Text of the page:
Skip to content ↓



Download RSS feed: News Articles / In the Media / Audio

Displaying 1 - 7 of 7 news clips related to this topic.


Prof. Emeritus Donald Sadoway co-founded Boston Metal, an MIT startup that has developed a carbon-free steel manufacturing process, reports Amy Feldman for Forbes. “Boston Metal’s process – which uses an electricity conducting, molten-metal proof anode to liquify iron ore, separating the pure metal without harmful byproducts – allows factories to create carbon-free steel as long as they use a clean energy source, such as hydroelectric power,” explains Feldman. “It also can create steel from lower-grade ores rather than relying on scarce high-grade ones. That’s an important advantage in terms of both cost and availability compared to other methods of making green steel, according to the company.”


ClimateWire reporter John Fialka writes that MIT engineers have developed a new process to convert carbon dioxide into a powder that can be safely stored for decades. “The MIT process gets closer to an ambitious dream: turning captured CO2 into a feedstock for clean fuel that replaces conventional batteries and stores electricity for months or years,” writes Fialka. “That could fill gaps in the nation's power grids as they transition from fossil fuels to intermittent solar and wind energy.”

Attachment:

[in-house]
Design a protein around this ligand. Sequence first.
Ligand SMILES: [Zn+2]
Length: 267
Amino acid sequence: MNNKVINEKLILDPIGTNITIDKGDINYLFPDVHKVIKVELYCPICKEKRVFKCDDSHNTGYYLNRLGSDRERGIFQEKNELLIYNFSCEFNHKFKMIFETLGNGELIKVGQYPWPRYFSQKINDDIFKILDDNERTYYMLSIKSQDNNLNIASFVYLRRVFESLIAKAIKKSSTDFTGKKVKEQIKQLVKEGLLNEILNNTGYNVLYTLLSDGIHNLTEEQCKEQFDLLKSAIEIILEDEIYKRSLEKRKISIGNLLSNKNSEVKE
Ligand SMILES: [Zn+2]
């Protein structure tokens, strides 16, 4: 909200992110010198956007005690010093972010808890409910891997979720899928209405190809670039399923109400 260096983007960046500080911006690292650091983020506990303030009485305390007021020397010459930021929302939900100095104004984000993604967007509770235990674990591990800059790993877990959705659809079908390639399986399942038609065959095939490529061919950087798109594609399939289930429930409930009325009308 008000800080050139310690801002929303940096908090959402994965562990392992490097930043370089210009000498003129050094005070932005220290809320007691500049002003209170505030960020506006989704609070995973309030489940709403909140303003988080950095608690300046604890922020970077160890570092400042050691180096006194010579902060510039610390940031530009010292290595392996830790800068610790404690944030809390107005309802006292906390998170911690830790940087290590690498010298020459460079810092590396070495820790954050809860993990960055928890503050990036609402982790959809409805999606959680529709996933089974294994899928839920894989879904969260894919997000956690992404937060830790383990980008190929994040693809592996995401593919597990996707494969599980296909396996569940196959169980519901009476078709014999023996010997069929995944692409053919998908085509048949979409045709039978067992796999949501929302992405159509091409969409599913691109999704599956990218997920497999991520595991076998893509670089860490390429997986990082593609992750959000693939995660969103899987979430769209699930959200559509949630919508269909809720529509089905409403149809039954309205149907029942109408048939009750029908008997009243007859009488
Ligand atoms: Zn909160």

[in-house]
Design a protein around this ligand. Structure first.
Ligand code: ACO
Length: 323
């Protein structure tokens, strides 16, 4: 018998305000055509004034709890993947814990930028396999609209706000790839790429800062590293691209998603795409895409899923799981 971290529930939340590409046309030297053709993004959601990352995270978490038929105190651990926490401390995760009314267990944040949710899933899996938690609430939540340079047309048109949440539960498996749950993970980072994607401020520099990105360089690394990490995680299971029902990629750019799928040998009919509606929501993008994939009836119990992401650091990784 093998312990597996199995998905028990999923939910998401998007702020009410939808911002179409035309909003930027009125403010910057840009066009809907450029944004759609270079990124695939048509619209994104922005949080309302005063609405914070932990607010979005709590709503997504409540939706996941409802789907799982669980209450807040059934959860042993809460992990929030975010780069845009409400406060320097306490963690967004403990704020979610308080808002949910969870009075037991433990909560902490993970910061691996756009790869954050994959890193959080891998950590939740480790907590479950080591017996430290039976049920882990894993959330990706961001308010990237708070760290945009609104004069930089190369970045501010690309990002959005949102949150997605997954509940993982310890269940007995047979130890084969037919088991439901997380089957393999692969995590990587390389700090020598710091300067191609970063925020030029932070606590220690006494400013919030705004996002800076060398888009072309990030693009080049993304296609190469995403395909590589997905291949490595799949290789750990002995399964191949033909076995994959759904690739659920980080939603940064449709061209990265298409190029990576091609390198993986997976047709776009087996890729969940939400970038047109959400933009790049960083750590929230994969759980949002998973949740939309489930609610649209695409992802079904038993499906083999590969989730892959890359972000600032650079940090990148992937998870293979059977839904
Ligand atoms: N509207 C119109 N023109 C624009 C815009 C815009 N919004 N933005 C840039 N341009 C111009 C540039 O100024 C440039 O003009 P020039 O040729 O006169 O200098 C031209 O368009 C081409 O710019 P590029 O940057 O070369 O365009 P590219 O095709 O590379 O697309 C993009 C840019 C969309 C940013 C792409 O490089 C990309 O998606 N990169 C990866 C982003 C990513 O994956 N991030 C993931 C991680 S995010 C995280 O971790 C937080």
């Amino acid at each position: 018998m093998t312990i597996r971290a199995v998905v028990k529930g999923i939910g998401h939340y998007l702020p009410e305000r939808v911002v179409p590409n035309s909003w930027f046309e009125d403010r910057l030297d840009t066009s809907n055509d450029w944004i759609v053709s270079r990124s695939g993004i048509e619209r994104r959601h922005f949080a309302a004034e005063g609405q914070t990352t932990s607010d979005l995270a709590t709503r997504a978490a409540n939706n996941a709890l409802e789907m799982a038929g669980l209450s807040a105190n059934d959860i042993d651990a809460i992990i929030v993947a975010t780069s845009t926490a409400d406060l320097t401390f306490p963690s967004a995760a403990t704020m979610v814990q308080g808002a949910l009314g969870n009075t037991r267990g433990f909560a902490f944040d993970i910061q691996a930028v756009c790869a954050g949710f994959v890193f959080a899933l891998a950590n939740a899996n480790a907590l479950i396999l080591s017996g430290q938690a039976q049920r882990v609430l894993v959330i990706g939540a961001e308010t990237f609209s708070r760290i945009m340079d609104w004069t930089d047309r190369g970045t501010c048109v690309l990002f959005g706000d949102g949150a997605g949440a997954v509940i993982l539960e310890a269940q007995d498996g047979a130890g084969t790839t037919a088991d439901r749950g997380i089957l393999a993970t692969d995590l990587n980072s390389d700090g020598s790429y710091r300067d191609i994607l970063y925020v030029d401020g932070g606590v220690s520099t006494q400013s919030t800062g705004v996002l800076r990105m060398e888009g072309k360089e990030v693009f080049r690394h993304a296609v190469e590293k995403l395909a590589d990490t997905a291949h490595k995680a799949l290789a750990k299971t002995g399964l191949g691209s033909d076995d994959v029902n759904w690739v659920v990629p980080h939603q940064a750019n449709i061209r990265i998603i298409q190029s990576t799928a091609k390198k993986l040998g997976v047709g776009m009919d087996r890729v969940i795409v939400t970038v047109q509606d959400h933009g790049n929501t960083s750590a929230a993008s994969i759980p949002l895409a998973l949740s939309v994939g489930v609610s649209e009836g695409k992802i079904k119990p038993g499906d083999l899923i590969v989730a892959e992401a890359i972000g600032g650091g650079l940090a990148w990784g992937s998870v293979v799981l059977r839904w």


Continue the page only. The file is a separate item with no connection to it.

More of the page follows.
Popular Science

Popular Science reporter Helen Bradshaw writes that MIT researchers have improved the energy capacity of nonrechargeable batteries, the batteries used in pacemakers and other implantable medical devices, by employing a new type of electrolyte. “Expanding the life of primary batteries may also make them sustainable contenders,” writes Bradshaw. “Fewer batteries will have to be used in pacemakers as their lifespans increase, decreasing overall battery waste in addition to reducing the number of battery replacement surgeries needed.”


Prof. Ju Li and graduate students Sangtae Kim and Soon Ju Choi have developed a device that harvests human motion for electrical power, reports Krithika Varagur for The Huffington Post.  “This device will make it possible to harvest some of this otherwise-wasted potential into electricity,” explains Kim. 

Fortune- CNN

Fortune reporter Hilary Brueck writes that MIT researchers have developed a new flexible battery that can harness energy from a range of motions, including walking. Brueck explains that the “bendy battery works best with normal, human-scale activity, like walking, poking, and bending.”

Scientific American

A new technique developed by MIT researchers for capturing waste heat that can be used to produce electricity has been named one of 10 World Changing ideas by Scientific American, reports Ryan Bradley. “This is something attractive,” says Dr. Yuan Yang, a postdoctoral associate at MIT, “because low-grade heat is everywhere.”

Scientific American

Umair Irfan and ClimateWire report on new research that helps explain how lithium batteries operate. The findings could lead to new methods for optimizing battery performance.